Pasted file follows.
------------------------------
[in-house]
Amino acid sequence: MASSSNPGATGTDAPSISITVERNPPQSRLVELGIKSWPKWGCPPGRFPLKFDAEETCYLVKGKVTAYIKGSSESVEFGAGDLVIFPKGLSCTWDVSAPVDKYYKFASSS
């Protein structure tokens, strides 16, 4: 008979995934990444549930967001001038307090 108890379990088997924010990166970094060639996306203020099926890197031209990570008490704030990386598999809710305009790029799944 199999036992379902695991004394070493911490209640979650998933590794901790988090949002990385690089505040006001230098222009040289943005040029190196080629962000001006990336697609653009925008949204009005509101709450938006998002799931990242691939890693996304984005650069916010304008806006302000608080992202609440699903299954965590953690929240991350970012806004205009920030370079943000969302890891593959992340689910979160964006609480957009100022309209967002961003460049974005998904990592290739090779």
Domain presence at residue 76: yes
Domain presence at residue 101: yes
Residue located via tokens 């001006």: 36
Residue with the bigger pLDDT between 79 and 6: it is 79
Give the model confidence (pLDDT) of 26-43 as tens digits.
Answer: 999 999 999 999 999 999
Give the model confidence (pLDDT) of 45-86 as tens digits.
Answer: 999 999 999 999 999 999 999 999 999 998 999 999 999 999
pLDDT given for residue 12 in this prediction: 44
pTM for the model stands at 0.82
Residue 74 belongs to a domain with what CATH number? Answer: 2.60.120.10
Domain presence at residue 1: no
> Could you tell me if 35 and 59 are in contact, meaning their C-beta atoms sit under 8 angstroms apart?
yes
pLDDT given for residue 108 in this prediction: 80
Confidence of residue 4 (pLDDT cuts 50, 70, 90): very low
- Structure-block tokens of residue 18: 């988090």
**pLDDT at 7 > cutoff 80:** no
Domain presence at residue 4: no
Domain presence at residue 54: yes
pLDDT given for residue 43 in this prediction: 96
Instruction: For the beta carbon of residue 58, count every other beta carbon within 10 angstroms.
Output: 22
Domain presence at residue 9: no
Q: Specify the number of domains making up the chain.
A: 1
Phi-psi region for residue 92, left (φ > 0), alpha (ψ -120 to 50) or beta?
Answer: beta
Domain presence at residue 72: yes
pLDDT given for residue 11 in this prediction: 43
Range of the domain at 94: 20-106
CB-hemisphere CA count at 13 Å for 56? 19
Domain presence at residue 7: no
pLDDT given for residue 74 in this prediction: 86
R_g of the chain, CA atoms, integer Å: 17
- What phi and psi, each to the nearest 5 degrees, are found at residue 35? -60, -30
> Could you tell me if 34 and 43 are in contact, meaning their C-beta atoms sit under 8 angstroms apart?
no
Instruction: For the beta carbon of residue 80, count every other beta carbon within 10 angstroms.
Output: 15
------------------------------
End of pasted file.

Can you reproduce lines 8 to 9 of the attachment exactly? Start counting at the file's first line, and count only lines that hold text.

Give the model confidence (pLDDT) of 26-43 as tens digits.
Answer: 999 999 999 999 999 999